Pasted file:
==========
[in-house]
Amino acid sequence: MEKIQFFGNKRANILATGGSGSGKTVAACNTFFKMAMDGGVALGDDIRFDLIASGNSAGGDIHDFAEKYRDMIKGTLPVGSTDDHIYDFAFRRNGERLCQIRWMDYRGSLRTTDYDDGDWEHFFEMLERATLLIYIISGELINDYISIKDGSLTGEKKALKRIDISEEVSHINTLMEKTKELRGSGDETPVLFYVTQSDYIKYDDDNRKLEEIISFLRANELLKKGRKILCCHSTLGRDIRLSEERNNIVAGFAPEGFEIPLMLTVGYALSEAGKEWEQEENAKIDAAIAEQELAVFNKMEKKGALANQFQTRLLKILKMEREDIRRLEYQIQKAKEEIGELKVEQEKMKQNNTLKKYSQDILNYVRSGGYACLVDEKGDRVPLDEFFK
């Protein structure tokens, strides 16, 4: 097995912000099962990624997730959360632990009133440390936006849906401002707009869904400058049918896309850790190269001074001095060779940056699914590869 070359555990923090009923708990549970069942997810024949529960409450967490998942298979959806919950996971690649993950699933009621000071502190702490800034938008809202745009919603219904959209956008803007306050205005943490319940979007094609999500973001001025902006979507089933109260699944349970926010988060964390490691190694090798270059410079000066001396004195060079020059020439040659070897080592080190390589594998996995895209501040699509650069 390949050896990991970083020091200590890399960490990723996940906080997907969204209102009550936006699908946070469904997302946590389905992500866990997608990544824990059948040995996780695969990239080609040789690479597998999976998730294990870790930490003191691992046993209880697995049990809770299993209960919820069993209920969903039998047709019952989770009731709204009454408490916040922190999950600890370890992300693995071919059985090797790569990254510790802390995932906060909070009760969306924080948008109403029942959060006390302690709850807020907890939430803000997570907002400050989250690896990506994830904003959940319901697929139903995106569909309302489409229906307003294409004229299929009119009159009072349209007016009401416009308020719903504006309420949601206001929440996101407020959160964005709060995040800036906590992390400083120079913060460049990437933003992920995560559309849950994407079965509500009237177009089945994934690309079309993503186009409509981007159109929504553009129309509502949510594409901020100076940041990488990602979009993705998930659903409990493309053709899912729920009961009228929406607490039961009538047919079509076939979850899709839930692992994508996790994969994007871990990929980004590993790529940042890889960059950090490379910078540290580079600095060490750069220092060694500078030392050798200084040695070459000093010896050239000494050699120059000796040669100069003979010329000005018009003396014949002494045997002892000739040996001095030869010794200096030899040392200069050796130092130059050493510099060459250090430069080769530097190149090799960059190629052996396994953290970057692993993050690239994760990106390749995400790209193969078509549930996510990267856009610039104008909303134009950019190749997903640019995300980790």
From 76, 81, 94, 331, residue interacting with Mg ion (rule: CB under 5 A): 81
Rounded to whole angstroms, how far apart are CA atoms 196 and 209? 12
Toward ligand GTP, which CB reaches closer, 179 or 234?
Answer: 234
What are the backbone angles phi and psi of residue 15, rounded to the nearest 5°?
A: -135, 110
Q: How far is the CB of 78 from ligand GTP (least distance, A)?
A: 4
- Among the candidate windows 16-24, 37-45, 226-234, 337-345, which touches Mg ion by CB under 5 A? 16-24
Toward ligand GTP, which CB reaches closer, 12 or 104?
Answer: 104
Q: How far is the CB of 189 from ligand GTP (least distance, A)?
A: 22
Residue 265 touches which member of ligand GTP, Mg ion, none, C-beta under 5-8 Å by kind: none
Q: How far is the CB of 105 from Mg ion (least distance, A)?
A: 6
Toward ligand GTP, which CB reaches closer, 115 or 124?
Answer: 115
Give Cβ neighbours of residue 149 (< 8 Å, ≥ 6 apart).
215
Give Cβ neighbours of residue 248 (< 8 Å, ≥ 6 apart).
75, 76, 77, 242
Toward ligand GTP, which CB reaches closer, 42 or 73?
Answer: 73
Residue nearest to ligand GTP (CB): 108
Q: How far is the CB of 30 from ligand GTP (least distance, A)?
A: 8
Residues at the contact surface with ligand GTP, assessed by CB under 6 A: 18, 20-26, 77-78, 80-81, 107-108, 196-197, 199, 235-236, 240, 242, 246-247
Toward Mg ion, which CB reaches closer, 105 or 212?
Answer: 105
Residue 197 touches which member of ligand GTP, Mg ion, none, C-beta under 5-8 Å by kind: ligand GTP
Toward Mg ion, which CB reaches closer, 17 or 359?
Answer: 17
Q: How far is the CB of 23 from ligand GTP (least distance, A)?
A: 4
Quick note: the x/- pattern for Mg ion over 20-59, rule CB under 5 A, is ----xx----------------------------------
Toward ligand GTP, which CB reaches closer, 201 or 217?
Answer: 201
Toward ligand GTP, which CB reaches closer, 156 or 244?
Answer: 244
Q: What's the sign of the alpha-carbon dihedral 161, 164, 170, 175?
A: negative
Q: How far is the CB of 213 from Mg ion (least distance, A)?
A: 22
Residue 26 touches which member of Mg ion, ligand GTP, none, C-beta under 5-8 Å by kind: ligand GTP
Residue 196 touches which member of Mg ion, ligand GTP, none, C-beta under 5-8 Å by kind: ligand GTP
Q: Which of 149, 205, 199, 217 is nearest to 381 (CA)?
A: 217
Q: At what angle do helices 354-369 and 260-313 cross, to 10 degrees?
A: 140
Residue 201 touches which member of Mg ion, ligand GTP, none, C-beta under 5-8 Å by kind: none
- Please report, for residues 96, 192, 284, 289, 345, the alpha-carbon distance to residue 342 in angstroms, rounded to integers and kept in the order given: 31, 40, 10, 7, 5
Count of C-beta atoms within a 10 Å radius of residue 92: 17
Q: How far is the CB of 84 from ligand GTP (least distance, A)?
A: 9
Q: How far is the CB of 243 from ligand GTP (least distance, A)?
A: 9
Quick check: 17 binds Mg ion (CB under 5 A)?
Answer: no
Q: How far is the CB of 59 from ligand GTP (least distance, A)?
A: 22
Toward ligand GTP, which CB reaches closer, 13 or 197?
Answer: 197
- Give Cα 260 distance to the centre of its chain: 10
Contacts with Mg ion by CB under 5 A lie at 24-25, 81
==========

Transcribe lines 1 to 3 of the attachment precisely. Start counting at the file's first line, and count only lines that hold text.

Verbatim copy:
[in-house]
Amino acid sequence: MEKIQFFGNKRANILATGGSGSGKTVAACNTFFKMAMDGGVALGDDIRFDLIASGNSAGGDIHDFAEKYRDMIKGTLPVGSTDDHIYDFAFRRNGERLCQIRWMDYRGSLRTTDYDDGDWEHFFEMLERATLLIYIISGELINDYISIKDGSLTGEKKALKRIDISEEVSHINTLMEKTKELRGSGDETPVLFYVTQSDYIKYDDDNRKLEEIISFLRANELLKKGRKILCCHSTLGRDIRLSEERNNIVAGFAPEGFEIPLMLTVGYALSEAGKEWEQEENAKIDAAIAEQELAVFNKMEKKGALANQFQTRLLKILKMEREDIRRLEYQIQKAKEEIGELKVEQEKMKQNNTLKKYSQDILNYVRSGGYACLVDEKGDRVPLDEFFK
């Protein structure tokens, strides 16, 4: 097995912000099962990624997730959360632990009133440390936006849906401002707009869904400058049918896309850790190269001074001095060779940056699914590869 070359555990923090009923708990549970069942997810024949529960409450967490998942298979959806919950996971690649993950699933009621000071502190702490800034938008809202745009919603219904959209956008803007306050205005943490319940979007094609999500973001001025902006979507089933109260699944349970926010988060964390490691190694090798270059410079000066001396004195060079020059020439040659070897080592080190390589594998996995895209501040699509650069 390949050896990991970083020091200590890399960490990723996940906080997907969204209102009550936006699908946070469904997302946590389905992500866990997608990544824990059948040995996780695969990239080609040789690479597998999976998730294990870790930490003191691992046993209880697995049990809770299993209960919820069993209920969903039998047709019952989770009731709204009454408490916040922190999950600890370890992300693995071919059985090797790569990254510790802390995932906060909070009760969306924080948008109403029942959060006390302690709850807020907890939430803000997570907002400050989250690896990506994830904003959940319901697929139903995106569909309302489409229906307003294409004229299929009119009159009072349209007016009401416009308020719903504006309420949601206001929440996101407020959160964005709060995040800036906590992390400083120079913060460049990437933003992920995560559309849950994407079965509500009237177009089945994934690309079309993503186009409509981007159109929504553009129309509502949510594409901020100076940041990488990602979009993705998930659903409990493309053709899912729920009961009228929406607490039961009538047919079509076939979850899709839930692992994508996790994969994007871990990929980004590993790529940042890889960059950090490379910078540290580079600095060490750069220092060694500078030392050798200084040695070459000093010896050239000494050699120059000796040669100069003979010329000005018009003396014949002494045997002892000739040996001095030869010794200096030899040392200069050796130092130059050493510099060459250090430069080769530097190149090799960059190629052996396994953290970057692993993050690239994760990106390749995400790209193969078509549930996510990267856009610039104008909303134009950019190749997903640019995300980790």